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Former DeSalvo Attorney Reflects on New Evidence in Boston Strangler Case
07/11/2013   Reported By: Susan Sharon

There was a major breakthrough today in a 50-year-old murder case that gripped the city of Boston and the rest of the country for two years in the early 1960's. Police say they now have DNA evidence that links longtime suspect Albert DeSalvo to the final victim of the Boston Strangler. DeSalvo, who confessed to the killings but was never convicted of them, died in custody in 1973. Susan Sharon spoke with his former defense attorney, who now lives in Maine, about a lost opportunity to study a clearly troubled man.

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Famed defense attorney F. Lee Bailey, who now resides in southern Maine, is reminded of Albert DeSalvo every time another suspected serial killer makes the news. He says his hope had always been that DeSalvo would be used as a guinea pig by forensic psychologists to examine his behavior.

It was part of the reason he says he worked out a deal to prevent DeSalvo from being tried for the murders of 11 women linked to the Boston Strangler. At the time of the deal, DeSalvo was already serving a life sentence in prison for unrelated charges involving armed robberies and sexual assaults.

"I knew he should never get out but I didn't want him electrocuted," Bailey says. "I wanted him to be studied, to find out what made him tick, and the judge who sentenced him agreed with that and ordered that he be studied. And the Commonwealth of Massachusetts never lifted a finger. They don't know any more about Albert DeSalvo than they did before he was identified."

Bailey says what is known about DeSalvo is that he had a horrendous childhood that included incest, animal abuse and torture, and petty crimes like shoplifting, which he learned from his father. DeSalvo was an Army veteran and blue collar worker who was married with his own children at the time of the Boston-area killings. His victims, who were sexually assaulted, ranged in age from 19 to 85, and Bailey says most were killed during the daytime by a man who used his charm to get them to willingly open their doors.

"He would say, 'I'm from your landlord. He says your lease says you're entitled to a new refridgerator. I need to show you a selection so you can pick one.' And you're sitting inside the door saying, 'Wait a minute - this can't be the Strangler. He's got goodies for me. Come right in!'"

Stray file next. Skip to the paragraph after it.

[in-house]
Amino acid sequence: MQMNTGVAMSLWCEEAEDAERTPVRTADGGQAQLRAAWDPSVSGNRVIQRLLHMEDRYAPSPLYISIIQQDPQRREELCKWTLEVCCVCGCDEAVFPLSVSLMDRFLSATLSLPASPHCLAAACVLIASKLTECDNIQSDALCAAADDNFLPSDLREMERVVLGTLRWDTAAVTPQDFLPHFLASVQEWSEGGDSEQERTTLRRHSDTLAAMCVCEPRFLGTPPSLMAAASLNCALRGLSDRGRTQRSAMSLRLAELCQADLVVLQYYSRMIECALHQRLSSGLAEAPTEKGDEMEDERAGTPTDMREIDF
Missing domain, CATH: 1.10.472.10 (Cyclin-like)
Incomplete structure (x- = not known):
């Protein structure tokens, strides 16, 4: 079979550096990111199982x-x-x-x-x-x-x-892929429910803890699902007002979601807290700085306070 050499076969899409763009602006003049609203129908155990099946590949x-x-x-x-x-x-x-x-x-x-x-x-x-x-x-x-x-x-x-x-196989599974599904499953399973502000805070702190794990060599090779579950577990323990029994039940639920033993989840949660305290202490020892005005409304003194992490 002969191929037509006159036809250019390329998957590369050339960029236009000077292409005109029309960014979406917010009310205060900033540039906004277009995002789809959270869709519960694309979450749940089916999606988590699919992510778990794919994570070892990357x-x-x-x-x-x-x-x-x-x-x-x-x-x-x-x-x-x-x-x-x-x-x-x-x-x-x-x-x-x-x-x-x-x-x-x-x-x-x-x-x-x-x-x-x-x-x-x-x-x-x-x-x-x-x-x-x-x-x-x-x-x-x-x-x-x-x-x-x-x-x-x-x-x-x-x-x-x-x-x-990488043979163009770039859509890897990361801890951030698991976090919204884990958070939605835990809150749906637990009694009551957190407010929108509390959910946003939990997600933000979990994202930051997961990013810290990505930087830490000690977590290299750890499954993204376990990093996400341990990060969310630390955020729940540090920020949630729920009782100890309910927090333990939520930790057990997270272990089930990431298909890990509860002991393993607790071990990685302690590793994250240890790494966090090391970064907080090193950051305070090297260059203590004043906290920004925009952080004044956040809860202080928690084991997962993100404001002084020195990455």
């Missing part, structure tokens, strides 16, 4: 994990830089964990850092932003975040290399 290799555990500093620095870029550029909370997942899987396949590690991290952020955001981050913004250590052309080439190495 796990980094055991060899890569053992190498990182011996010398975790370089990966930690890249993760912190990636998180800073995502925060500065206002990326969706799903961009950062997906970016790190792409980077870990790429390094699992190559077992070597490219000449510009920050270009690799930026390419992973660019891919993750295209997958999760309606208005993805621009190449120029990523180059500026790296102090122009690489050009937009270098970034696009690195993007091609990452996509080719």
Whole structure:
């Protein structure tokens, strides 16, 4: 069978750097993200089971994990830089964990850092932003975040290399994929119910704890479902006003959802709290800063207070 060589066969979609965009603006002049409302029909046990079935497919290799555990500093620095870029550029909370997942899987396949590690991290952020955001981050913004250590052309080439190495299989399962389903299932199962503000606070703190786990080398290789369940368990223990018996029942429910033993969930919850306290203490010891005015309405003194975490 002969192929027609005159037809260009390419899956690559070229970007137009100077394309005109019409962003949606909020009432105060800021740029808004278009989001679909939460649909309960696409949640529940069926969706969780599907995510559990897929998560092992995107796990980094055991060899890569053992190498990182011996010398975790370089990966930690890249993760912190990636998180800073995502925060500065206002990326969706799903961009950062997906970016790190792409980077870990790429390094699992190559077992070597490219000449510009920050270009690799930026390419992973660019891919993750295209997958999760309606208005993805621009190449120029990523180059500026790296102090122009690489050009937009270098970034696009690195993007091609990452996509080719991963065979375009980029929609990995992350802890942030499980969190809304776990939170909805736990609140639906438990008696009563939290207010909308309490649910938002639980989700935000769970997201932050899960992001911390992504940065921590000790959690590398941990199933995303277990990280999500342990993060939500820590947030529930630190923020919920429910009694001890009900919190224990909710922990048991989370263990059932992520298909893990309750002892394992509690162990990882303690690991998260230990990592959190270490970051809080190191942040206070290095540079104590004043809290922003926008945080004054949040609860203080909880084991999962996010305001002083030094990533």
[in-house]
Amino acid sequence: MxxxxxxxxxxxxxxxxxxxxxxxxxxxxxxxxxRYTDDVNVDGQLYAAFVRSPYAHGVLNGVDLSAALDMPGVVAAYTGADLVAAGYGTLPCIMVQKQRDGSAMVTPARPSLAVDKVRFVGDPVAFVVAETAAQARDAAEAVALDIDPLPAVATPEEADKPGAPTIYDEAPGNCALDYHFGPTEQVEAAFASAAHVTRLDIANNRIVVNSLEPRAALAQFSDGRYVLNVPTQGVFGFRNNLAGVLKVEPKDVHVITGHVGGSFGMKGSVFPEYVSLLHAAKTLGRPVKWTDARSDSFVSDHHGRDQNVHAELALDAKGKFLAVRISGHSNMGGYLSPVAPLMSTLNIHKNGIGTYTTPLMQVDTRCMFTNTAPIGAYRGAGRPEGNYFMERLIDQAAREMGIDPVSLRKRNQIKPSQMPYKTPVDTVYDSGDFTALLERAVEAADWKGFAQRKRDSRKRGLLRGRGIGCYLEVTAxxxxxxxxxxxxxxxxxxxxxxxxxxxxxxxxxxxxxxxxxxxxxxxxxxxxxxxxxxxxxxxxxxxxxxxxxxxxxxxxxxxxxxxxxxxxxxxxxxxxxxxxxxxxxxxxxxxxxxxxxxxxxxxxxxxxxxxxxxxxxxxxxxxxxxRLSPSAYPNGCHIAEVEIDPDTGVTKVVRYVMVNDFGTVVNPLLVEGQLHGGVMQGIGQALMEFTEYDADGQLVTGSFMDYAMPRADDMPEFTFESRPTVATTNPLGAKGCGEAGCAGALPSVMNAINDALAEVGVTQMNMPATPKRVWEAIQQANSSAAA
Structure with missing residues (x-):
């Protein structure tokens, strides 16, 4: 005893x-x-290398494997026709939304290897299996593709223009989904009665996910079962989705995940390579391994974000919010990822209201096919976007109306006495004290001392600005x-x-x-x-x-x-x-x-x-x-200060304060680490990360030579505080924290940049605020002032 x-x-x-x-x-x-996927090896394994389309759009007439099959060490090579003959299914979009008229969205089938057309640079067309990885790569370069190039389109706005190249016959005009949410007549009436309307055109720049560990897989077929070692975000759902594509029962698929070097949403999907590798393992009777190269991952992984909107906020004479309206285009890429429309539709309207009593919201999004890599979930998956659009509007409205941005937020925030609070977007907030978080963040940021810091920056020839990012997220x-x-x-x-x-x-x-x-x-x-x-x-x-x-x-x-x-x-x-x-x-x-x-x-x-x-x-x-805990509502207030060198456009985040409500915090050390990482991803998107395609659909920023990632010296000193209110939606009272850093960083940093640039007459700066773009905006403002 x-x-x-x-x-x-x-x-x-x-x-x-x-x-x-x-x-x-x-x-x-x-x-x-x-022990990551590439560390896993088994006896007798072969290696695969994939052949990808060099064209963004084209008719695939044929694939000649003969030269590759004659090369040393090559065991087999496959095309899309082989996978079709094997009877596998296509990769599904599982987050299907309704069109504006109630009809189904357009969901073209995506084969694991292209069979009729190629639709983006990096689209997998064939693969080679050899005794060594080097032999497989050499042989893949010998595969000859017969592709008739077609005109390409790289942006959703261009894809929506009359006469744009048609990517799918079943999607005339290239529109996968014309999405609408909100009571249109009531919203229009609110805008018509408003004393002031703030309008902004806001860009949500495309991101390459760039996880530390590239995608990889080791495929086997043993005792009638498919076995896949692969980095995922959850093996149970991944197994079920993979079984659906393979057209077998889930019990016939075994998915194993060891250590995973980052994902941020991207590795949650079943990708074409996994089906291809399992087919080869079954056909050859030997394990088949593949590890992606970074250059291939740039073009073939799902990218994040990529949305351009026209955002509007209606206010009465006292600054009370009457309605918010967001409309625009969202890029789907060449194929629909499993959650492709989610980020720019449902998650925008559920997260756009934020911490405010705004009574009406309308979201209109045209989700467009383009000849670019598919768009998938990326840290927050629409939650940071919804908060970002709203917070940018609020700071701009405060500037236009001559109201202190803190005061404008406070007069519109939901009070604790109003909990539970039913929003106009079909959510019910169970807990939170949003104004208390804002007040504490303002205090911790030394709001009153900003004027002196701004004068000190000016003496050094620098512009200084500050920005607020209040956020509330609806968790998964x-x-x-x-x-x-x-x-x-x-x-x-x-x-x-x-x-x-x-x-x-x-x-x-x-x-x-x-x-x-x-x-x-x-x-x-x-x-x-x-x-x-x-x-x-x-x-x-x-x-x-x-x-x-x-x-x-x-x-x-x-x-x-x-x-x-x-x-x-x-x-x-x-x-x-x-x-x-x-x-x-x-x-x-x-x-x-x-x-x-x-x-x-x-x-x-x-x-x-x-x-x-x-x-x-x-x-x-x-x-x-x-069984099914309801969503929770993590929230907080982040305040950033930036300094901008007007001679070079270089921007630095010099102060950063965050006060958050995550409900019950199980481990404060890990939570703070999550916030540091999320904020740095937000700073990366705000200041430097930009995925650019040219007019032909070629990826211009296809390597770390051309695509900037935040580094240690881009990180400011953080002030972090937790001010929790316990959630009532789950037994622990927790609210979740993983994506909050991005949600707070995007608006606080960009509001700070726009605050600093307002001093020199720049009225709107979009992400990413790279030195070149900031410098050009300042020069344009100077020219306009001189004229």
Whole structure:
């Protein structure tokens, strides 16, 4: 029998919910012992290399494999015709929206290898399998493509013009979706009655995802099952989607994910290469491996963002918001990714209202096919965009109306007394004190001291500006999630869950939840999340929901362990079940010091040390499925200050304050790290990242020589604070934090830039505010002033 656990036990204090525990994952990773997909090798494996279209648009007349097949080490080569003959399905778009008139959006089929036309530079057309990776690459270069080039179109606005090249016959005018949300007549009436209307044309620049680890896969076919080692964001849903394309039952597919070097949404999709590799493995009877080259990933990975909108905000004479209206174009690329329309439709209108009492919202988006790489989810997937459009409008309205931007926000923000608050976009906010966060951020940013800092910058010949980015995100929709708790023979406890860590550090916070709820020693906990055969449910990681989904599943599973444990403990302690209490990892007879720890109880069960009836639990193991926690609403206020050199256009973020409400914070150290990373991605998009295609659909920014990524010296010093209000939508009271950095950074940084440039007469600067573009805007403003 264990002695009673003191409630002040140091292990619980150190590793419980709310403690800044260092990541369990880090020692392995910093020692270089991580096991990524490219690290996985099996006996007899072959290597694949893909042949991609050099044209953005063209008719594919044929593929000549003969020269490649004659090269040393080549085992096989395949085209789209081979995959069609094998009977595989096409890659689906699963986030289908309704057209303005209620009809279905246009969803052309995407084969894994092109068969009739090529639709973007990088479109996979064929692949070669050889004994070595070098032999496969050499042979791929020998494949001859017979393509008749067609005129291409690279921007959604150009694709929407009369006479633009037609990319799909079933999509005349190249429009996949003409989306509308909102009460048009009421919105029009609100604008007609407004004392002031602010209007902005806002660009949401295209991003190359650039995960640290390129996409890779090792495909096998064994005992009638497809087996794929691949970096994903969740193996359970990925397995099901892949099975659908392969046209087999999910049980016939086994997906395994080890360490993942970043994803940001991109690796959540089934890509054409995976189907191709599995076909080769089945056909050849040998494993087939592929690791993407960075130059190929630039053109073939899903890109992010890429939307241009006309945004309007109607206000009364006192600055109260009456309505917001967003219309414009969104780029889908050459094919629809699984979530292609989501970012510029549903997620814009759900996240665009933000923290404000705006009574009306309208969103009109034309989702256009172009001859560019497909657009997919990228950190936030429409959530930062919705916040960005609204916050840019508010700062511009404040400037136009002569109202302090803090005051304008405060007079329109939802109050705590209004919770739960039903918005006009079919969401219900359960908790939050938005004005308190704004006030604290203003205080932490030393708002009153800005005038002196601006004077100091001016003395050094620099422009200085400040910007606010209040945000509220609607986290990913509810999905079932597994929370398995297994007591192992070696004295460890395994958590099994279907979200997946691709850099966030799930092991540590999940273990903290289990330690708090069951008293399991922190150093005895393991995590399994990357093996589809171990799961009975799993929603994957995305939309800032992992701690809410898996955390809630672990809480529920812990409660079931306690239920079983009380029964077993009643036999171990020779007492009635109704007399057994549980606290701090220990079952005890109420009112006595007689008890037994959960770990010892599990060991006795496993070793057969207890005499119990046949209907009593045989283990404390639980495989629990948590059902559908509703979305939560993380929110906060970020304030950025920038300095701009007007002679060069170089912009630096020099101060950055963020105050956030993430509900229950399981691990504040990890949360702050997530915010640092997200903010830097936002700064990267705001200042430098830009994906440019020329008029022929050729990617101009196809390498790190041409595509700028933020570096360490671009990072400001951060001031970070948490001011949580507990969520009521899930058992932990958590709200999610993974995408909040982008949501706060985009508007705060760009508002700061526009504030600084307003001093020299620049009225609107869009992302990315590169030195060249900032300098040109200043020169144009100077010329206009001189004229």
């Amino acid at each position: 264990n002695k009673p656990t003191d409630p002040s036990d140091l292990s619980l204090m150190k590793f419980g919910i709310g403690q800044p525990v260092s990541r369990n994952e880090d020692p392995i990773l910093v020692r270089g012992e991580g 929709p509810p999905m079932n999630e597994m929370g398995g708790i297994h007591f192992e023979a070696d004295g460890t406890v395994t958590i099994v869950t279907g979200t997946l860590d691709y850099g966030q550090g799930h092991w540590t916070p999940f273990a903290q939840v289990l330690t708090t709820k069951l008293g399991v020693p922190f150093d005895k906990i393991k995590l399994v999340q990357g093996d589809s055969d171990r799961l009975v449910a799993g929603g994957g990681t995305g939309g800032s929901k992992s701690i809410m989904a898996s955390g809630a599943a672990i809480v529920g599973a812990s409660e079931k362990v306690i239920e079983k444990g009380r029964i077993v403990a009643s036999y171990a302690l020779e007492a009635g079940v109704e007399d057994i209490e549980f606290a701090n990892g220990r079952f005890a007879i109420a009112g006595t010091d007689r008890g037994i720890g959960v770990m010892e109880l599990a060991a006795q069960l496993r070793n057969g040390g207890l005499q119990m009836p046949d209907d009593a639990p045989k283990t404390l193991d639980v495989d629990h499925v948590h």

In other cases, Bailey says DeSalvo would tell the women that they had been recommended to his modeling agency by a friend who insisted that he go meet the women for himself. He would then ask to take their measurements, which is why he was sometimes referred to as "the measuring man."

DeSalvo eventually gave police 60 hours worth of taped audio confessions. He was stabbed to death by another prison inmate in 1973. But there were always doubts about whether DeSalvo was the Boston Strangler. There was no forensic evidence linking him to any of the crimes. And they occurred before DNA testing had been established.

But Boston Chief Ed Davis now says advances in technology have allowed them to turn a corner in the case. "And the only way that we could do that is to follow one of the DeSalvo family members until one of them discarded a water bottle," Davis told reporters today. "That water bottle was tested and the match came back."

Speaking at a news conference in Boston Thursday, Davis and Suffolk County District Attorney Dan Conley said the "familial match" has been linked to the rape and murder of 19-year-old Mary Sullivan, who was found strangled in her apartment in January, 1964. Conley says a judge has agreed to allow DeSalvo's remains to be exhumed for further testing, which he expects will confirm DeSalvo as her killer.

"I want to make clear that these developments bear only on Mary Sullivan's murder," Conley said. "They don't apply to the other 10 homicides popularly attributed to the Boston Strangler."

Conley says even among experts and law enforcement officials, there remains disagreement about whether the crimes were committed by the same person. But for defense attorney F. Lee Bailey, that question was settled long ago when DeSalvo revealed excruciating and sordid details of the crimes that had never been made public. At the time, Bailey says it was enough to convince three seasoned Massachusetts detectives that DeSalvo was their man.

"They all interrogated DeSalvo. They all agreed that his story checked out," Bailey says. "There was always enough to charge DeSalvo with one big exception: He was given an immunity."

Albert DeSalvo's family members still believe there is reasonable doubt that he killed Mary Sullivan. And their attorney, Elaine Sharp, says they are outraged that police secretly followed his nephew to collect the DNA.


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